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Self v. Lansing Unified School District No. 469

United States District Court, D. Kansas

November 25, 2014

TYLER SELF, et al., Plaintiffs,
v.
LANSING UNIFIED SCHOOL DISTRICT No. 469, et al., Defendants.

MEMORANDUM AND ORDER

KATHRYN H. VRATIL, District Judge.

On October 6, 2014, John Pretz and Lansing Unified School District No. 469 filed motions for summary judgment. See Docs. #63, 65. Plaintiffs' responses were due October 27, 2014. The Court twice granted plaintiffs' motions for extensions of time to respond, ultimately setting a deadline of November 12, 2014.[1] See Doc. #70. At 12:08 a.m. on November 13, 2014, plaintiffs filed Plaintiff[s'] Response To Defendant Lansing U.S.D. 469's Motion For Summary Judgment (Doc. #71). At 12:12 a.m. on November 13, 2014, plaintiffs filed their Third Motion For Extension Of Time To File Their Responses To Defendant Pretz's Motion For Summary Judgment (Doc. #72). The Court granted plaintiffs until Friday, November 14, 2014 to file a response.

This matter comes before the Court on Plaintiff[s'] Motion To File Response To Defendant Lansing's Motion For Summary Judgment Out Of Time (Doc. #74) and Plaintiff[s'] Motion To File Response To Defendant Pretz's Motion For Summary Judgment Out Of Time (Doc. #75), both filed November 17, 2014. Pretz opposes the motion, pointing out that plaintiffs have already received three extensions.[2] Further, plaintiffs mistakenly assert that they filed a response to Pretz' motion for summary judgment at 12:08 a.m. on November 13, 2014. Plaintiffs actually filed the response to Lansing's motion for summary judgment on November 13, 2014 at 12:08 a.m. See Doc. #71. Plaintiffs did not file a proposed response to Pretz' motion for summary judgment until November 17, 2014. See attachment to Motion To File Out Of Time (Doc. #75-1). Even then, plaintiffs' proposed response to Pretz' motion is erroneously titled as Plaintiff[s'] Response To Defendant Lansing U.S.D. 469's Motion For Summary Judgment. See id. (emphasis added).

Local Rule 6.1 governs motions for an extension of time to perform an act required or allowed to be done within a specified time. Under this rule, a party must file a motion for extension of time before the specified time expires, and "[a]bsent a showing of excusable neglect, the court will not grant extensions requested after the specified time expires." D. Kan. Rule 6.1(a). Excusable neglect is a "somewhat elastic concept and is not limited strictly to omissions caused by circumstances beyond the control of the movant." Pioneer Inv. Servs. Co. v. Brunswick Assocs. L.P., 507 U.S. 380, 392 (1993). Inadvertence, ignorance of the rules or mistakes construing the rules, however, do not usually constitute excusable neglect. Id.

The determination whether neglect is excusable is at bottom an equitable one that requires the Court to consider all relevant circumstances, including (1) the danger of prejudice to the nonmoving party, (2) the length of the delay and its potential impact on judicial proceedings, (3) the reason for the delay, including whether it was within the reasonable control of the movant and (4) whether movant acted in good faith. Id. at 395; Bishop v. Corsentino, 371 F.3d 1203, 1206-07 (10th Cir. 2004). Of these factors, fault in the delay is "a very important factor - perhaps the most important single factor - in determining whether neglect is excusable." Biodiversity Conservation Alliance v. Bureau of Land Mgmt., 438 Fed.Appx. 669, 673 (10th Cir. 2011) (unpublished); United States v. Torres, 372 F.3d 1159, 1163 (10th Cir. 2004); City of Chanute v. Williams Natural Gas Co., 31 F.3d 1041, 1046 (10th Cir. 1994).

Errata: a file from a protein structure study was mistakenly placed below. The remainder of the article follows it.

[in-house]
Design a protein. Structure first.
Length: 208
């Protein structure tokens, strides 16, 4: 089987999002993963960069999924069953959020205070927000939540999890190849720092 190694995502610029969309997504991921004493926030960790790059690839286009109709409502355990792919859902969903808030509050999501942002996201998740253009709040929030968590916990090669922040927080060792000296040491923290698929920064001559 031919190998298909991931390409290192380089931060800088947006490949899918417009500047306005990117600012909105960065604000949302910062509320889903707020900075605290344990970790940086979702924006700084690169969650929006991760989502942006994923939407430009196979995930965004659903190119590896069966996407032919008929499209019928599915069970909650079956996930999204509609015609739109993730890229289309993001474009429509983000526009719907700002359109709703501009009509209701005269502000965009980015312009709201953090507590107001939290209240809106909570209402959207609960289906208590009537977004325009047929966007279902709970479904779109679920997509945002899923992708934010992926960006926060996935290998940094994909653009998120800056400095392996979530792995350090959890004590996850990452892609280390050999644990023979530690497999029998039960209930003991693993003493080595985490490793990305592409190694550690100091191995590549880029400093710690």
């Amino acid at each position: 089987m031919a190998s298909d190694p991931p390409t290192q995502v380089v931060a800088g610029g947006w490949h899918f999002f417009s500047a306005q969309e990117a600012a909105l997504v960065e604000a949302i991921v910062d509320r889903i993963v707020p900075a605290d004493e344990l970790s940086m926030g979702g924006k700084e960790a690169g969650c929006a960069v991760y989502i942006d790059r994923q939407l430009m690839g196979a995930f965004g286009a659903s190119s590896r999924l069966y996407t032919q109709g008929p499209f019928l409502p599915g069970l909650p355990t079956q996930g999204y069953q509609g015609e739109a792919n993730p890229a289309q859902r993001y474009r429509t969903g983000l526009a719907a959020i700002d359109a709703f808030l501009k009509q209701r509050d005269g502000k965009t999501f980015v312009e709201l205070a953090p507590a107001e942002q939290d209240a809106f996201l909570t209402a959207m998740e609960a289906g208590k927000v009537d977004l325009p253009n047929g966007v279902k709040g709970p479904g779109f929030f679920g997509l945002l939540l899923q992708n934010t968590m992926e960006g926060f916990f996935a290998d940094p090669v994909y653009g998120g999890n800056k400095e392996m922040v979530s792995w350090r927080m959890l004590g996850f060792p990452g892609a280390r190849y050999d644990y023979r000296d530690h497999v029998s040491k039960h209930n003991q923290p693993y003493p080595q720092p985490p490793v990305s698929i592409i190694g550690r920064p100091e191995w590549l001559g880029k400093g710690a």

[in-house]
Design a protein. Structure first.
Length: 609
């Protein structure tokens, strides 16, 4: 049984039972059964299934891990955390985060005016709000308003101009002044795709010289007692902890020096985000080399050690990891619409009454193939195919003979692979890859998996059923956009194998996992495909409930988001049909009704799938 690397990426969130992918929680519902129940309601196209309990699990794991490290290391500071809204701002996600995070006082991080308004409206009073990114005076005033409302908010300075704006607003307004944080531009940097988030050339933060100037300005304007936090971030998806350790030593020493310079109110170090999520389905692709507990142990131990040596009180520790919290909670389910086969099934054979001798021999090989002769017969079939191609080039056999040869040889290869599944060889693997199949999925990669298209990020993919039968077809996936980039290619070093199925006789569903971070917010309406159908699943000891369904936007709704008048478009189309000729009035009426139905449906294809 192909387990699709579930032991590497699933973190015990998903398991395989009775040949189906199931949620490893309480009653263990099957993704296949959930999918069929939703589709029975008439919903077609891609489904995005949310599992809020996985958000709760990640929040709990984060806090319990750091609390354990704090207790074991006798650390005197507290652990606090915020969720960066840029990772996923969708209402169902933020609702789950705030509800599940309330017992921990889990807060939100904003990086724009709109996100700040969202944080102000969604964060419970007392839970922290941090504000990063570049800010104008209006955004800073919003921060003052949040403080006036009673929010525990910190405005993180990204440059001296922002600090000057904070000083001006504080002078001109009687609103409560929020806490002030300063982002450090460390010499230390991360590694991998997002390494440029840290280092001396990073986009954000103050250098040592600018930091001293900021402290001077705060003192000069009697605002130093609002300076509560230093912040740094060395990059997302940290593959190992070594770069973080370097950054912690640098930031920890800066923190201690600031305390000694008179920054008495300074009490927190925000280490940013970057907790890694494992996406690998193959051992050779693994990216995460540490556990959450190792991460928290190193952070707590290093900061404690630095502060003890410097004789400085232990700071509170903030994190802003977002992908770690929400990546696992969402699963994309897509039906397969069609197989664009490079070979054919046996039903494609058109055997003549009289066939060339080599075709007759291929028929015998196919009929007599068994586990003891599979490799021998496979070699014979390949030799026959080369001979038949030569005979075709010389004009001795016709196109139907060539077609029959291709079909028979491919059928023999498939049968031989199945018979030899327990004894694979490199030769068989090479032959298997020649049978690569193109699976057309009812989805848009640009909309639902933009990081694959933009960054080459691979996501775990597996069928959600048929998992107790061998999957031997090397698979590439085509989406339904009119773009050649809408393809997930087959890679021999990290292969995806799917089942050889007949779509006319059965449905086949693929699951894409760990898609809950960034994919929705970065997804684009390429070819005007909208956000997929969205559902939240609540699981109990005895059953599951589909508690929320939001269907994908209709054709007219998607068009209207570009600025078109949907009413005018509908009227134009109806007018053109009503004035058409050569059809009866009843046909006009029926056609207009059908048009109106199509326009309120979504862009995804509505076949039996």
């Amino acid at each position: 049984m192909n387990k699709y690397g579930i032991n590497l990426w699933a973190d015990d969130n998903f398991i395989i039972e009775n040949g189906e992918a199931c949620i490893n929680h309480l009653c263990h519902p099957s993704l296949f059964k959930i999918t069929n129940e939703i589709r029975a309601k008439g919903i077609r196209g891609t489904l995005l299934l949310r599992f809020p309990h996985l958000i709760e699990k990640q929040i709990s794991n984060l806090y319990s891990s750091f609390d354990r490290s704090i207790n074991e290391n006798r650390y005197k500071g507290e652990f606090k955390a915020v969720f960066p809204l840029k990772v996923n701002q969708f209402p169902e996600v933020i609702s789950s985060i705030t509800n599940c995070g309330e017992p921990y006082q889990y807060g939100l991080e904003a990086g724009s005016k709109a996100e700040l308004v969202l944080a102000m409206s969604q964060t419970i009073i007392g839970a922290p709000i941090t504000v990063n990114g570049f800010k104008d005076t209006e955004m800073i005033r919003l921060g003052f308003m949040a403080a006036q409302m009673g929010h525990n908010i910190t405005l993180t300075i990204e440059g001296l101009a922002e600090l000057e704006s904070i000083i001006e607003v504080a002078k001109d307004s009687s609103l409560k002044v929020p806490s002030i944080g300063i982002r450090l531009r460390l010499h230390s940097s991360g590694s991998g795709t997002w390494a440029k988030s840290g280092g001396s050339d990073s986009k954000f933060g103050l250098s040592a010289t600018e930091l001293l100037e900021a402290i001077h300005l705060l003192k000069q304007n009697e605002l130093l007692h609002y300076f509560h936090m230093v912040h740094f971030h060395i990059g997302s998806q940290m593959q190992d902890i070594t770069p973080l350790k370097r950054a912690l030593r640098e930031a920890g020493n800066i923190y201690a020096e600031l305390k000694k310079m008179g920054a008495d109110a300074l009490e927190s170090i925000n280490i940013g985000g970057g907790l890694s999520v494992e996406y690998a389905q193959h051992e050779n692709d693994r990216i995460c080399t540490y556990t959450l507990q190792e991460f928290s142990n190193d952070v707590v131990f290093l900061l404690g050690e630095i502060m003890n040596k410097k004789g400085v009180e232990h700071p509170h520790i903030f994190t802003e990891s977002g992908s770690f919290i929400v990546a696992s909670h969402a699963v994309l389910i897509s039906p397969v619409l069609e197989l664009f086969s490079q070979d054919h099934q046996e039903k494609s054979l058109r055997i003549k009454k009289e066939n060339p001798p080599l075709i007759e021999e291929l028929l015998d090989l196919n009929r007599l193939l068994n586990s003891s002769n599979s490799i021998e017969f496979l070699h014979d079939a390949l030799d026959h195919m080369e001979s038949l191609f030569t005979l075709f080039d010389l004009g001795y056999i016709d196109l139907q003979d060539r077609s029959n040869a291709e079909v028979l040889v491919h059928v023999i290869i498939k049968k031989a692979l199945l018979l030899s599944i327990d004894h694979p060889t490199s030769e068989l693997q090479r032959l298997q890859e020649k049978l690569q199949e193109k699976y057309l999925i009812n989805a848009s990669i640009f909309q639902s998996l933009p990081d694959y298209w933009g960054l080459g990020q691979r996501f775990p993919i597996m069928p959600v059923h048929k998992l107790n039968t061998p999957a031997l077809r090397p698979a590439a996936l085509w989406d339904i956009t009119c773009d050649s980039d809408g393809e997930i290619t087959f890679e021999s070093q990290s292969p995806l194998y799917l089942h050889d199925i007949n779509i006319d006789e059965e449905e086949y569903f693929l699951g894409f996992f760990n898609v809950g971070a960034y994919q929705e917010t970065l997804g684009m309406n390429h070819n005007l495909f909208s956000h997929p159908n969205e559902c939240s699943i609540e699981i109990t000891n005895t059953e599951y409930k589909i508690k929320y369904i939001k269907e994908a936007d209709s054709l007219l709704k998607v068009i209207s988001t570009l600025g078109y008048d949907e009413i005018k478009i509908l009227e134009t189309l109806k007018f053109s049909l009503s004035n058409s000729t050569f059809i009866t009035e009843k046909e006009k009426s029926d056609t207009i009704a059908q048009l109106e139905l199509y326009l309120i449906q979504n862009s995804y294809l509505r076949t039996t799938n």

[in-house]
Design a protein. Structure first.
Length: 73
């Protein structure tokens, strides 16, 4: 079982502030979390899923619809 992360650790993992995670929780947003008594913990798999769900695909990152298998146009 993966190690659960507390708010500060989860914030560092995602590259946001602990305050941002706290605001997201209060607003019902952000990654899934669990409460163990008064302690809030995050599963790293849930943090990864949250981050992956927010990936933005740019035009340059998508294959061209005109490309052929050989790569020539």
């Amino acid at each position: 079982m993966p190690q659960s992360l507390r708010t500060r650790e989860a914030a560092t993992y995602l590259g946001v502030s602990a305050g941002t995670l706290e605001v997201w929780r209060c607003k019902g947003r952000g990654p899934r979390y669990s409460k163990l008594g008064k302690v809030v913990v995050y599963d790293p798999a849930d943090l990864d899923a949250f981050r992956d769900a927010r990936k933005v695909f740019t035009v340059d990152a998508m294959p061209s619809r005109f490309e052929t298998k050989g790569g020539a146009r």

Here, allowing plaintiffs to file their responses to the motions for summary judgment will not prejudice defendants. Indeed, under Tenth Circuit law, if plaintiffs do not file a response, the Court must search the record to determine if summary judgment is appropriate. The length of delay is slight because plaintiffs filed their response to Lansing's motion only minutes after the deadline and filed their response to Pretz' motion only three days after the deadline. The reasons which plaintiffs offer for delay - electronic formatting problems and the fact that plaintiffs' counsel had three previously scheduled hearings on November 14 - do not support a finding of excusable neglect. See Ghamrawi v. Case & Assocs. Props. Inc., 116 Fed.Appx. 206, 210 (10th Cir. 2004) (unpublished) (no excusable neglect where counsel knew about but disregarded deadline because of workload). Further, plaintiffs' counsel did not promptly file a motion for an extension of time to respond to Pretz' motion, and he offers absolutely no reason why he did not do so. Therefore, plaintiffs cannot show good faith. Nonetheless, to ensure that plaintiffs do not suffer from counsel's mistakes, the Court will sustain plaintiffs' motions to file responses out of time. Plaintiffs' counsel is admonished to carefully attend to deadlines in the future.

IT IS THEREFORE ORDERED that Plaintiff[s'] Motion To File Response To Defendant Lansing's Motion For Summary Judgment Out Of Time (Doc. #74) and Plaintiff[s'] Motion To File Response To Defendant Pretz's Motion For Summary Judgment Out Of Time (Doc. 75) be and hereby are sustained. On or before November 26, 2014, plaintiffs shall re-file Plaintiff[s'] Response To Defendant Lansing U.S.D. 469's Motion For Summary Judgment (Doc. #71) and shall file a corrected Plaintiffs' Response To Defendant [Pretz'] Motion For Summary Judgment (Doc. #75-1).


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